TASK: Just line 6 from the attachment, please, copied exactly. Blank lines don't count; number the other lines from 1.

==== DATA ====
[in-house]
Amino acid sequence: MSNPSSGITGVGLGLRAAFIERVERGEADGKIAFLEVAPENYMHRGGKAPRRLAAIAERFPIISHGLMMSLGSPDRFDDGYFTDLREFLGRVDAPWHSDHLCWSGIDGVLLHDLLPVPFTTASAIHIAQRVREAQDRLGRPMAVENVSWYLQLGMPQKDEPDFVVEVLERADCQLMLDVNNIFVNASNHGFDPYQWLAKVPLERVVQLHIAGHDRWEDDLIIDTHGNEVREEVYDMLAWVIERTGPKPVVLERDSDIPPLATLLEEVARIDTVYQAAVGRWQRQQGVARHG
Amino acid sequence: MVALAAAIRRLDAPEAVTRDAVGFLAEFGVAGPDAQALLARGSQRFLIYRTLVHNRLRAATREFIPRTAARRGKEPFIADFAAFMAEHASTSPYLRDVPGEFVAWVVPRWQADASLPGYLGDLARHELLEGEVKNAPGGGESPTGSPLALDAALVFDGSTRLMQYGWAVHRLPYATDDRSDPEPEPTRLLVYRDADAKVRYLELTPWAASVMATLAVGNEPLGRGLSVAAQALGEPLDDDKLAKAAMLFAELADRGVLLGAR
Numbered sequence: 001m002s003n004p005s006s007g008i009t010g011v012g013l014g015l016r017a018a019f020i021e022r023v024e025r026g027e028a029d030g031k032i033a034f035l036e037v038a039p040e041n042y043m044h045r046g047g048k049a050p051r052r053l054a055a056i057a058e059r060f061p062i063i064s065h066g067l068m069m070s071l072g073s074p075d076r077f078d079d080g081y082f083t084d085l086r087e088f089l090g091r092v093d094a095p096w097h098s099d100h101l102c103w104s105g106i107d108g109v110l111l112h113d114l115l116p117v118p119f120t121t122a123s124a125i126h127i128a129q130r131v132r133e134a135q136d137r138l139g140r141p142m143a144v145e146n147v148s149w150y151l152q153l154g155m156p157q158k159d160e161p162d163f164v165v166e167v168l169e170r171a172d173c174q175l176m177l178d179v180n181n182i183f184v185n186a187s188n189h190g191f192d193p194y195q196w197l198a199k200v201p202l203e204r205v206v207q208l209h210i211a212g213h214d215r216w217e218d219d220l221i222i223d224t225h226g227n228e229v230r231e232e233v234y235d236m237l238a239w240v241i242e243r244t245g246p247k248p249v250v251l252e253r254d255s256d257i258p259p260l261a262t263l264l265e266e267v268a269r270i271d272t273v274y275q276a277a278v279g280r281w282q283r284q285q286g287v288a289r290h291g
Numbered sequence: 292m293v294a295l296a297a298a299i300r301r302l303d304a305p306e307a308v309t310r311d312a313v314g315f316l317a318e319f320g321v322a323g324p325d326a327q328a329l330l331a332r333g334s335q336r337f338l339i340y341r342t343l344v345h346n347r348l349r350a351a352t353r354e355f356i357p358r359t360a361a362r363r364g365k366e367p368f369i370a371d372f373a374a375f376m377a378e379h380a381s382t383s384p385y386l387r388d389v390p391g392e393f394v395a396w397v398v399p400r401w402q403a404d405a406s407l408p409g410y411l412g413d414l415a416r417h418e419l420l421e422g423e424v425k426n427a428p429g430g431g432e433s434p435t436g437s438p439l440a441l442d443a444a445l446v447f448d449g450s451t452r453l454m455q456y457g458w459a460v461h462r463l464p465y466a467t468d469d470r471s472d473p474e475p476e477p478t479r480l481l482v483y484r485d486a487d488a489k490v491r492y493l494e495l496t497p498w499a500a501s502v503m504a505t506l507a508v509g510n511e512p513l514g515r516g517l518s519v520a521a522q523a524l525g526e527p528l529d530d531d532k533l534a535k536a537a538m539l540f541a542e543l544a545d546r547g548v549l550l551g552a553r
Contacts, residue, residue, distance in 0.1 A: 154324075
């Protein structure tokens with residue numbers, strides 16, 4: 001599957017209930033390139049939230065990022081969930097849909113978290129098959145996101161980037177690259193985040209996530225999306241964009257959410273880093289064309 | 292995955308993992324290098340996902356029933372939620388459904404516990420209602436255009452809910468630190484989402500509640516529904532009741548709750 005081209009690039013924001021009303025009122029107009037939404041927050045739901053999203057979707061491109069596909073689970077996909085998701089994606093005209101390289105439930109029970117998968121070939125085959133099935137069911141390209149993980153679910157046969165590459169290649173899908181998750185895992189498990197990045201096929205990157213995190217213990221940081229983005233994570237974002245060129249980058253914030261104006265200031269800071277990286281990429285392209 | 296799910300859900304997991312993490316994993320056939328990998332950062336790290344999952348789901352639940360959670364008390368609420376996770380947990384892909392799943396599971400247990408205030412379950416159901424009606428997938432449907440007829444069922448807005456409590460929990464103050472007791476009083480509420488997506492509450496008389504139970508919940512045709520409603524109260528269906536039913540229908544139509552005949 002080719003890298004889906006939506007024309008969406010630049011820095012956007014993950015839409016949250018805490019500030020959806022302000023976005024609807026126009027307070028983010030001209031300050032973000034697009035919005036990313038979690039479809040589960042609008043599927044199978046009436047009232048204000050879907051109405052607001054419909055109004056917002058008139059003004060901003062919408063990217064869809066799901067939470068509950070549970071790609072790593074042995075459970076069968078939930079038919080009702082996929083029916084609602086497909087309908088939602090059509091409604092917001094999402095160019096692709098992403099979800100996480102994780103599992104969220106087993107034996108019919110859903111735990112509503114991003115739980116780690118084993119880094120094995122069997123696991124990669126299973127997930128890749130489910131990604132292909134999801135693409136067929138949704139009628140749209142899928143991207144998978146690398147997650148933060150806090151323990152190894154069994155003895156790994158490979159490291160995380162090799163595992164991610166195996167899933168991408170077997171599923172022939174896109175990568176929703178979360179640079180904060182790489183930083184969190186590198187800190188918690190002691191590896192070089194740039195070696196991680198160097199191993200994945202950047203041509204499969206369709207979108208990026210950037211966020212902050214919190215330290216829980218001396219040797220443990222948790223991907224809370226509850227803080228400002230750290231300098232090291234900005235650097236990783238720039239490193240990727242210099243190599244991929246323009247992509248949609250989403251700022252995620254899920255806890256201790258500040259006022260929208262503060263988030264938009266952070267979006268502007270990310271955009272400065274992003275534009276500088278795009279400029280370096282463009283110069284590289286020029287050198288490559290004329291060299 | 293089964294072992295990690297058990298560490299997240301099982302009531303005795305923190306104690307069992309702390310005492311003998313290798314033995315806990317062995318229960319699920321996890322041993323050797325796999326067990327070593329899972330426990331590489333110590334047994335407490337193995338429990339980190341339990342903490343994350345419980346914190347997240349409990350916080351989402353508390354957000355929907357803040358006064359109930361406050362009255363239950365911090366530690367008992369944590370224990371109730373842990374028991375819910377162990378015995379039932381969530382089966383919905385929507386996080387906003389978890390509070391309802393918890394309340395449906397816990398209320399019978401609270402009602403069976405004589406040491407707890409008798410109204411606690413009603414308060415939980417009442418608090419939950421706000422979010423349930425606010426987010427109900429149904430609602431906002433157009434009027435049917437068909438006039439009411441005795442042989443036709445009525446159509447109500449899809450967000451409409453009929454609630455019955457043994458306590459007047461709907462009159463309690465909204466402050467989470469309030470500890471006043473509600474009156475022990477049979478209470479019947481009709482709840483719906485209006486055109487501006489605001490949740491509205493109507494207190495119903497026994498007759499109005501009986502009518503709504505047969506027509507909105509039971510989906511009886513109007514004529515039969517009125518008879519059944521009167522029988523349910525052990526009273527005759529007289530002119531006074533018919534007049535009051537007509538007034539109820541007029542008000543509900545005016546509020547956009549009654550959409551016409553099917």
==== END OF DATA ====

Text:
Contacts, residue, residue, distance in 0.1 A: 154324075